The Angels have franchise corner pieces set in superstar Mike Trout and two-way phenom Shohei Ohtani, but now the team needs to fill in the missing pieces to its roster in order to put themselves in a position to make the postseason for the first time since 2014.

The 2019 Angels were affected by injuries; Trout, Ohtani as well as Andrelton Simmons, Justin Upton and Tommy La Stella all saw shortened seasons.

With the Angels competing in the American League West, it might to be a long time before they or one of the other three division clubs overtakes the powerhouse Astros for first-place. But a more realistic goal for the Angels is competing for a playoff spot via the wild card next season. It'll be an uphill battle as they try to end their five-year long postseason drought. And if they can't take a step forward, then the Angels might end up with another early fall out of contention.

Angels general manager Billy Eppler -- whose contract option was picked up for the 2020 season -- has been focused on rebuilding the team's farm system for most of his tenure. Player development is something Trout cited in his reasoning for signing his contract extension before the start of the 2019 season. For a closer look at some of the Angels best prospects, including outfielders Jo Adell and Brandon Marsh who could pair with Trout as soon as next season, check out our RJ Anderson's Angels 2020 prospect list.

Now, here are some moves that the Angels will need to make before the 2020 season starts if they want to take a bigger step toward contending in the AL West:

Bulk up the rotation

After losing out on Patrick Corbin and J.A. Happ last winter, the Angels thought that signing Matt Harvey and Trevor Cahill to one-year deals would be enough to put together a reliable starting rotation. Spoiler alert: That strategy did not work. Not even a little bit. This offseason, the Angels need to put their highest priority on building out a strong, steady rotation for the long-term. These are the season numbers (as of Sunday) for the Angels pitching staff:

  • 5.10 ERA (ranked 25th in league)
  • 572 total walks (ninth most in league)
  • 3.59 BB/9 (ninth-worst in league)
  • .254 opponent batting average (18th in league)
  • 264 total home runs, 1.66 HR/9 (third-worst in league)
  • 42.7 percent hard hit balls (worst in league)
  • 9,414 total balls thrown (worst in league)

A positive note is that Ohtani is set to make his return to pitching in 2020 after Tommy John surgery, and he'll be the top-of-the rotation starter for the Angels, but he'll face a restricted workload next season. So, it's crucial for the club to fill the other holes in their rotation. Internally, the Angels have a few options.

Jose Suarez, who was the Angels' No. 4 prospect at the start of the season, according to Baseball America. Suarez, who will turn 22 in January, made his MLB debut in June and struggled to find his footing although he showed improvement toward the end of the season. He began Saturday's game against the Astros by retiring the first 10 Houston hitters.

Then there's Griffin Canning, the rookie starter who looked like a front-end part of the Angels staff but fell to the injured list with elbow inflammation. Canning, 23, posted a 4.58 ERA in 90 1/3 innings pitched with a 96:30 strikeout to walk ratio.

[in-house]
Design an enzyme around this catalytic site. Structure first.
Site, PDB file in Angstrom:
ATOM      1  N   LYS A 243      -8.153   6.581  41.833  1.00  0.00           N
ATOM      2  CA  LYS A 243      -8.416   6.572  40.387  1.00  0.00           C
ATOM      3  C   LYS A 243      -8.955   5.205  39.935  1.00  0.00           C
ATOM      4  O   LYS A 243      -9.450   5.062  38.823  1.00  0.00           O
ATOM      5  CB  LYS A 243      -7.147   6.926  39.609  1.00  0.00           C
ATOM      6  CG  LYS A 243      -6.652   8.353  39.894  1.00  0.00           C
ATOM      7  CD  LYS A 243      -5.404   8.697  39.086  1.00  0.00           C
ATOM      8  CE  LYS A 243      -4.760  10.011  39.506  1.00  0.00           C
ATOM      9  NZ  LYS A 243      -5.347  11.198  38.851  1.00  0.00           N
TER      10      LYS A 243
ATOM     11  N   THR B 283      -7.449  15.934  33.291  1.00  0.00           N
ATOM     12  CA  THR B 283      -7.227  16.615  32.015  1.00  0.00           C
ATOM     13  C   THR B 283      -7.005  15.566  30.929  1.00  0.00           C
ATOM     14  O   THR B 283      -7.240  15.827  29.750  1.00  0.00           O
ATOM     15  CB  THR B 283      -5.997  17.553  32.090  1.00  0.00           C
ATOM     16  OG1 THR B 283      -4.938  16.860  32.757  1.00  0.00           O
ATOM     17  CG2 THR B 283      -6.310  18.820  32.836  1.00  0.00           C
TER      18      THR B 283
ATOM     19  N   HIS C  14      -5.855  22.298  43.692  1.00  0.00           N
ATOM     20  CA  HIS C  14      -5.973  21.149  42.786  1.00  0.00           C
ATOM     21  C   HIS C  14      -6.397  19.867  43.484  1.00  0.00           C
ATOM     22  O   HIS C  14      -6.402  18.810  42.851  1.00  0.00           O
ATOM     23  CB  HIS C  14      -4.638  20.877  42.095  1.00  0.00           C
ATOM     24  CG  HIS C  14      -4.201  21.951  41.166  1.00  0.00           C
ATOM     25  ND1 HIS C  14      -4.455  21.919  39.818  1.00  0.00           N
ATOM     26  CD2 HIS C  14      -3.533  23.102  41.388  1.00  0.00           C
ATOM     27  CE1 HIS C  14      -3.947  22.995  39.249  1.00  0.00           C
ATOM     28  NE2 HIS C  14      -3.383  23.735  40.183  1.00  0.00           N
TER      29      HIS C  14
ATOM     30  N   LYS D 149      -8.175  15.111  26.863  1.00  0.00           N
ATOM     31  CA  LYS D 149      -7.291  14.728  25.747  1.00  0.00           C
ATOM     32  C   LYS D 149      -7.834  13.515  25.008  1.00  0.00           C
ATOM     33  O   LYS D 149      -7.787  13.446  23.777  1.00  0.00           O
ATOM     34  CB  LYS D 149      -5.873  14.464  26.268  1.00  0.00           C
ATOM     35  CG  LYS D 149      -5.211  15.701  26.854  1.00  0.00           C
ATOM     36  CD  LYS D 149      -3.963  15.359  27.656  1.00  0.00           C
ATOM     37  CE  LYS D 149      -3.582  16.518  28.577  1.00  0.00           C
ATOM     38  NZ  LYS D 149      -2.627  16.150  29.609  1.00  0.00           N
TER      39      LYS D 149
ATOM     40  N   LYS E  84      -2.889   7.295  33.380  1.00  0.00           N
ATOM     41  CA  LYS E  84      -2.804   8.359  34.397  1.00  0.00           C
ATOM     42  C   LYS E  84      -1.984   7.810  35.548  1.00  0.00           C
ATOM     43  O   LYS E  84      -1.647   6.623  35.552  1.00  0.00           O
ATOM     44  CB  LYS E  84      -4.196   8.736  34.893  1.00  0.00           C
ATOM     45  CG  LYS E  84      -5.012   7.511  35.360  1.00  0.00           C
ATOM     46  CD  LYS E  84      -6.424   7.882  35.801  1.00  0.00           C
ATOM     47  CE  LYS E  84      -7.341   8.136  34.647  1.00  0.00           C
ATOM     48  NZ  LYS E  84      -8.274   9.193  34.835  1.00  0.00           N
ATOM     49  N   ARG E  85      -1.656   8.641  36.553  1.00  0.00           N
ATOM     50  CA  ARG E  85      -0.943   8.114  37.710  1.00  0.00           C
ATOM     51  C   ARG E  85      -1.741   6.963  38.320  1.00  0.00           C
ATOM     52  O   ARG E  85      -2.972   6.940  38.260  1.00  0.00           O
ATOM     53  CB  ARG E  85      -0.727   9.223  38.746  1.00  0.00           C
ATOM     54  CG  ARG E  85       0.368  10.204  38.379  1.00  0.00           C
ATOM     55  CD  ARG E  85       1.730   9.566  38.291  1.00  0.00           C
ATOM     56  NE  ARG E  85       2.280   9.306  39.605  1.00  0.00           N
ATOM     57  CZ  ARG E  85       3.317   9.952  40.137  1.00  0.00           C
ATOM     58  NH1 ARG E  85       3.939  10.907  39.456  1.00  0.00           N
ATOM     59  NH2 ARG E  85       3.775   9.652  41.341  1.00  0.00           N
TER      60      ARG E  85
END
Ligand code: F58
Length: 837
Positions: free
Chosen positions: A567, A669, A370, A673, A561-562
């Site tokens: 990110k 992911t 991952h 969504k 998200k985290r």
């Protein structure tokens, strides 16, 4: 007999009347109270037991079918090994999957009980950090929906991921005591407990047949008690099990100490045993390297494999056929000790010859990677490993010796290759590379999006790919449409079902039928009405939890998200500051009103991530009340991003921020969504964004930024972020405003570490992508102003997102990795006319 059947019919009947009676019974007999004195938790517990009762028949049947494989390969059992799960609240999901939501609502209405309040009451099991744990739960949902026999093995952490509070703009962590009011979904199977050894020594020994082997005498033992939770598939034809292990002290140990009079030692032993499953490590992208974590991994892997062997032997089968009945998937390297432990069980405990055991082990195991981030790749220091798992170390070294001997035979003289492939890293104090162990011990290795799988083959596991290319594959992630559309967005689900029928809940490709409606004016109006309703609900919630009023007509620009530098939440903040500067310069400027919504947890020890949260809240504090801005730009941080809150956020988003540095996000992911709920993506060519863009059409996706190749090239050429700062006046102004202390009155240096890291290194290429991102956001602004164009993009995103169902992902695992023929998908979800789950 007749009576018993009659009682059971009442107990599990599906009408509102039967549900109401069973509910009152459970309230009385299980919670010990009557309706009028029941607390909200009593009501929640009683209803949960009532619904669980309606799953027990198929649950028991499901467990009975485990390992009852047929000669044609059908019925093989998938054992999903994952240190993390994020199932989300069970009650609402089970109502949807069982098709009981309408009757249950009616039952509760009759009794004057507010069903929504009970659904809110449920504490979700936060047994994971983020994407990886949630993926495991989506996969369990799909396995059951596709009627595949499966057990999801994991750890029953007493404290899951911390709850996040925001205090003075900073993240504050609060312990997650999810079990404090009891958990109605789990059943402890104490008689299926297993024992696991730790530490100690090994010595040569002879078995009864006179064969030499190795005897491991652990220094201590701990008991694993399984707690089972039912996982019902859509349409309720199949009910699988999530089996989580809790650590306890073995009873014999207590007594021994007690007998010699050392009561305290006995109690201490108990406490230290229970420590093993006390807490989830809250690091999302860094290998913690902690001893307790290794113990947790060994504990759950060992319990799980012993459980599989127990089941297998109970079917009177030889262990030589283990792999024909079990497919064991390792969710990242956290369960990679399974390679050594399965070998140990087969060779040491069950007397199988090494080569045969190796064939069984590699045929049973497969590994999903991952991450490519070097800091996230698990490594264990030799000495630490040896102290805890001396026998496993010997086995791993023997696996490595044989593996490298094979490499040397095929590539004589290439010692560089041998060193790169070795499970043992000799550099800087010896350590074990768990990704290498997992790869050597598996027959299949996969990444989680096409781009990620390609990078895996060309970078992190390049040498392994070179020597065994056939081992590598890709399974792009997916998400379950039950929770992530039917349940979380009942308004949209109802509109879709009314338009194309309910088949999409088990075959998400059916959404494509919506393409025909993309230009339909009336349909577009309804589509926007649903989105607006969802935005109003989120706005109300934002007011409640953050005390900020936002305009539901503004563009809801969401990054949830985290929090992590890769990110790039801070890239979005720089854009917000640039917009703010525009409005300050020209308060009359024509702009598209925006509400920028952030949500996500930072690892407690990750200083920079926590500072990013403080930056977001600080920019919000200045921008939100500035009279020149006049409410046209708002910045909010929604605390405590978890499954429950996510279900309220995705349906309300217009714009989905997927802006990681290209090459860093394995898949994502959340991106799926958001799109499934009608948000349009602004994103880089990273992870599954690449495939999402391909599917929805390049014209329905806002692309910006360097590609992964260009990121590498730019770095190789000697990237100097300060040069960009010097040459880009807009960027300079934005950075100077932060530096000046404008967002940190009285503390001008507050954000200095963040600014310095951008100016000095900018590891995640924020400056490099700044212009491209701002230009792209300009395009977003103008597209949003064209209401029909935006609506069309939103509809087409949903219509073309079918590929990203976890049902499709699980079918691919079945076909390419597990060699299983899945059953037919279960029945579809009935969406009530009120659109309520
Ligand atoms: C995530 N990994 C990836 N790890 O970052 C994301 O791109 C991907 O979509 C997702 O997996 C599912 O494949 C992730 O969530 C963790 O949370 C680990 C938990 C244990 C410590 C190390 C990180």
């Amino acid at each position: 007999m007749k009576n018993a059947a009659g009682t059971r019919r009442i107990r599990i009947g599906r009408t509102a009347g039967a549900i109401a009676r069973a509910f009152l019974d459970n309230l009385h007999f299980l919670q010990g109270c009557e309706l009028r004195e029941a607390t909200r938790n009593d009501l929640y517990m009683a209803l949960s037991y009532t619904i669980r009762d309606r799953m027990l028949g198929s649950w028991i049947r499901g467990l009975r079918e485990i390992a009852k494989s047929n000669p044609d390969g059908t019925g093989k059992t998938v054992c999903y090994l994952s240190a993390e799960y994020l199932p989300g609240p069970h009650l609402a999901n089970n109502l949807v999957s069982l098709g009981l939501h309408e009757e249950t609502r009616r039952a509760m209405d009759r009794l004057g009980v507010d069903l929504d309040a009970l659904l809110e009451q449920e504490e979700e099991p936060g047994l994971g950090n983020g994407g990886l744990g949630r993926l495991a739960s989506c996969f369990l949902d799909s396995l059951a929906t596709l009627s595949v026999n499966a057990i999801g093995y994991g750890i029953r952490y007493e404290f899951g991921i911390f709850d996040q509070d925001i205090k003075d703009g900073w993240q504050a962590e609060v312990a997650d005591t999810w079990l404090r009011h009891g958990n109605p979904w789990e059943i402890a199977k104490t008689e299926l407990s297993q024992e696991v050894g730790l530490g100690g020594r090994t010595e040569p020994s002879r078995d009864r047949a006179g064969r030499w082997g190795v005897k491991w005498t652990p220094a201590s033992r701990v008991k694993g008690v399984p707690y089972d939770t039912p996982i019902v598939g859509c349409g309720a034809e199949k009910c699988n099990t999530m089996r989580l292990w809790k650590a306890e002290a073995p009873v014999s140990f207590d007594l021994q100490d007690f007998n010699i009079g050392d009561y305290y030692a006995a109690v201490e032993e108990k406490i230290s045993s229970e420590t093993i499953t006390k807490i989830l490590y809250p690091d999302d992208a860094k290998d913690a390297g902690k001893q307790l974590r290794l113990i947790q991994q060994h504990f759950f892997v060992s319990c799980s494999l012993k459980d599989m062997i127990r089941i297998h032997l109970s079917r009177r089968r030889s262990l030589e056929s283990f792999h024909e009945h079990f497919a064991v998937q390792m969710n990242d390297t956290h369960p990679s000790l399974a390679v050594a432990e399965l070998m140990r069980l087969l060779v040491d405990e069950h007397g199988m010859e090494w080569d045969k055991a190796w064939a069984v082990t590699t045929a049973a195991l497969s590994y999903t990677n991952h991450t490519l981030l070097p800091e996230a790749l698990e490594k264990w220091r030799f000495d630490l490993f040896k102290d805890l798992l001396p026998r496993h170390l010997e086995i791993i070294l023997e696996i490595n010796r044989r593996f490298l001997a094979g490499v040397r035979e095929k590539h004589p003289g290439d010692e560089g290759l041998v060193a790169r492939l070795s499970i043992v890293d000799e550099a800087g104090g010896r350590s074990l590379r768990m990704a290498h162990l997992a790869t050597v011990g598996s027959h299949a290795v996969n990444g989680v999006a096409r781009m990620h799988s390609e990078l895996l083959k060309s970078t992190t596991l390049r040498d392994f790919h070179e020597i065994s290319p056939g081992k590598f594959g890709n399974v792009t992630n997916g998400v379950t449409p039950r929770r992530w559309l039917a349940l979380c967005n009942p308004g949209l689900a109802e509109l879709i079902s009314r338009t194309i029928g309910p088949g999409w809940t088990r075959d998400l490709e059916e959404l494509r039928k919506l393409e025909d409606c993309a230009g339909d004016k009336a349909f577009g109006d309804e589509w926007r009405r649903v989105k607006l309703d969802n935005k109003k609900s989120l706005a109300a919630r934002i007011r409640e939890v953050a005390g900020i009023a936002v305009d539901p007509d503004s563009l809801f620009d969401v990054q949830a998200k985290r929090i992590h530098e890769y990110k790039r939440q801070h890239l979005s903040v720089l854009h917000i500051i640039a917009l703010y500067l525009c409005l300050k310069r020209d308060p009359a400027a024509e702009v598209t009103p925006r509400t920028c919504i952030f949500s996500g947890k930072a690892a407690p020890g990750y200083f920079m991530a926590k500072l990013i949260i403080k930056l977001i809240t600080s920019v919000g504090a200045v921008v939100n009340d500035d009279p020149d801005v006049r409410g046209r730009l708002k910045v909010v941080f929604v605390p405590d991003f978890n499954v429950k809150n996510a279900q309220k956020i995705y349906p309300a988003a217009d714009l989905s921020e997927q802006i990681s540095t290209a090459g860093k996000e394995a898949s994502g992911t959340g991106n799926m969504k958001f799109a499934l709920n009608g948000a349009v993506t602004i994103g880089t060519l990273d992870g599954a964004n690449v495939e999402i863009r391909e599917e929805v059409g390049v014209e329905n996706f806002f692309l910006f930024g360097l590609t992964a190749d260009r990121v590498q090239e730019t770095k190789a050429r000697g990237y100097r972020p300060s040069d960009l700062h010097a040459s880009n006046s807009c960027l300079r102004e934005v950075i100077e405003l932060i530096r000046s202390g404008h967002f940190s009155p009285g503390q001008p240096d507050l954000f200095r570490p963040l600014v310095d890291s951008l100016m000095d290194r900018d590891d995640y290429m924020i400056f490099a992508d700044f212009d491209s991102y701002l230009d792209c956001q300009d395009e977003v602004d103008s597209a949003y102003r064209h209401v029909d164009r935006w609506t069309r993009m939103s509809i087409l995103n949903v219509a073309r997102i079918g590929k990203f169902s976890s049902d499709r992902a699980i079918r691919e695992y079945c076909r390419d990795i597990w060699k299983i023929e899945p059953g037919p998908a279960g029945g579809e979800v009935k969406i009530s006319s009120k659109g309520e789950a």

Right-hander Jaime Barria and 22-year-old left-hander Patrick Sandoval are two more youngsters that could be in the mix for the Angels 2020 rotation. If veteran lefty Andrew Heaney can stay healthy -- he has yet to complete a season with the Angels without a stint on the injured list -- then his name will certainly be included in 2020 rotation talks. 

This season, the Angels didn't have a single pitcher make 20 starts this season. So overall, it's consistency the Angels desperately need for their rotation. 

Think big in free agency

Most of the Angels infielders are questionable when it comes to the 2020 roster (which we'll take a closer look at below), so a free agent the Angels could make a run at this winter is third baseman Anthony Rendon. Rendon posted season numbers worthy of NL MVP consideration, and would certainly be an improvement at third (Zack Cozart, 34, has been injury-plagued for two seasons now) for the Angels. 

On the pitching side of free agency, obvious choices include Gerrit Cole, who grew up in Orange County, as well as Zack Wheeler, Hyun-Jin Ryu or Jake Odorizzi. Cole's set to command a hefty contract, but the Angels should spend their money where they need it most. It'll be tough to sort out, especially with Kole Calhoun's $14 million contract option, but the club has to prioritize adding at least one front-line starting pitcher and Cole would be a great fit.

Signing any of these free agents would be best case scenario, but just as the subhead's title, the Angels should at the least be going after free agents this offseason and putting their name in the conversations for the top available talents.

Sign Simmons to long-term deal

Gold-Glove winning shortstop Andrelton Simmons' seven-year, $58 million contract expires after 2020. He'll receive $13 million for this season and $15 million next season.

This winter would be the best time for the Angels to secure him long-term. He's the best defensive shortstop in baseball, and he'd provide an easing presence for what could be a mostly new pitching staff in 2020 while helping the rest of the Angels infield improve. The Angels traded for Simmons before the 2016 season.